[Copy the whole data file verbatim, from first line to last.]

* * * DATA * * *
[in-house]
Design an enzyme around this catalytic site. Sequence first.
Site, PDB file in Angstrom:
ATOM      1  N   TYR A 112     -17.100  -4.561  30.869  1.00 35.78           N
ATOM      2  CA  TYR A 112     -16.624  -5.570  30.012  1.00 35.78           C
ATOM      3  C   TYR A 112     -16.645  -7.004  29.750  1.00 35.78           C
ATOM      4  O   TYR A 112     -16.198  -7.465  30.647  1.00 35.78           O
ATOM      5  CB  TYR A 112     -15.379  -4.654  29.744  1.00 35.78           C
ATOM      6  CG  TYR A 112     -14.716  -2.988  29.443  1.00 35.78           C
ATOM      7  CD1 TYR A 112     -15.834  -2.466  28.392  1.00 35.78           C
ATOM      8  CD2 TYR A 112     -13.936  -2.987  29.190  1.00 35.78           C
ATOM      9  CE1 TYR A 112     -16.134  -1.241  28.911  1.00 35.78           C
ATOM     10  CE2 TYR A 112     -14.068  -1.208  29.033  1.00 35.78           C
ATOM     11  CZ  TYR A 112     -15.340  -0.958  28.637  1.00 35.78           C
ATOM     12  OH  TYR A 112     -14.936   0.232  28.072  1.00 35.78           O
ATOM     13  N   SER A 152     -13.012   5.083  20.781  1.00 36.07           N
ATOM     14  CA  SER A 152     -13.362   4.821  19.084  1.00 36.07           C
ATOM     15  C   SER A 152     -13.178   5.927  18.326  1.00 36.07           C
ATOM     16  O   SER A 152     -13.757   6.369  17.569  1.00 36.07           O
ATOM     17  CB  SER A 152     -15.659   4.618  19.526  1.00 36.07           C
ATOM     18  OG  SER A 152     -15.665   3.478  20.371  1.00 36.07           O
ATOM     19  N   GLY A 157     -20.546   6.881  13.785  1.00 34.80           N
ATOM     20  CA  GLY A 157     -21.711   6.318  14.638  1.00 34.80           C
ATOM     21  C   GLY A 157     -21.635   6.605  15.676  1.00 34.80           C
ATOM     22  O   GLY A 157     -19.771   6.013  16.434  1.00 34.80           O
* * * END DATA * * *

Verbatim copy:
[in-house]
Design an enzyme around this catalytic site. Sequence first.
Site, PDB file in Angstrom:
ATOM      1  N   TYR A 112     -17.100  -4.561  30.869  1.00 35.78           N
ATOM      2  CA  TYR A 112     -16.624  -5.570  30.012  1.00 35.78           C
ATOM      3  C   TYR A 112     -16.645  -7.004  29.750  1.00 35.78           C
ATOM      4  O   TYR A 112     -16.198  -7.465  30.647  1.00 35.78           O
ATOM      5  CB  TYR A 112     -15.379  -4.654  29.744  1.00 35.78           C
ATOM      6  CG  TYR A 112     -14.716  -2.988  29.443  1.00 35.78           C
ATOM      7  CD1 TYR A 112     -15.834  -2.466  28.392  1.00 35.78           C
ATOM      8  CD2 TYR A 112     -13.936  -2.987  29.190  1.00 35.78           C
ATOM      9  CE1 TYR A 112     -16.134  -1.241  28.911  1.00 35.78           C
ATOM     10  CE2 TYR A 112     -14.068  -1.208  29.033  1.00 35.78           C
ATOM     11  CZ  TYR A 112     -15.340  -0.958  28.637  1.00 35.78           C
ATOM     12  OH  TYR A 112     -14.936   0.232  28.072  1.00 35.78           O
ATOM     13  N   SER A 152     -13.012   5.083  20.781  1.00 36.07           N
ATOM     14  CA  SER A 152     -13.362   4.821  19.084  1.00 36.07           C
ATOM     15  C   SER A 152     -13.178   5.927  18.326  1.00 36.07           C
ATOM     16  O   SER A 152     -13.757   6.369  17.569  1.00 36.07           O
ATOM     17  CB  SER A 152     -15.659   4.618  19.526  1.00 36.07           C
ATOM     18  OG  SER A 152     -15.665   3.478  20.371  1.00 36.07           O
ATOM     19  N   GLY A 157     -20.546   6.881  13.785  1.00 34.80           N
ATOM     20  CA  GLY A 157     -21.711   6.318  14.638  1.00 34.80           C
ATOM     21  C   GLY A 157     -21.635   6.605  15.676  1.00 34.80           C
ATOM     22  O   GLY A 157     -19.771   6.013  16.434  1.00 34.80           O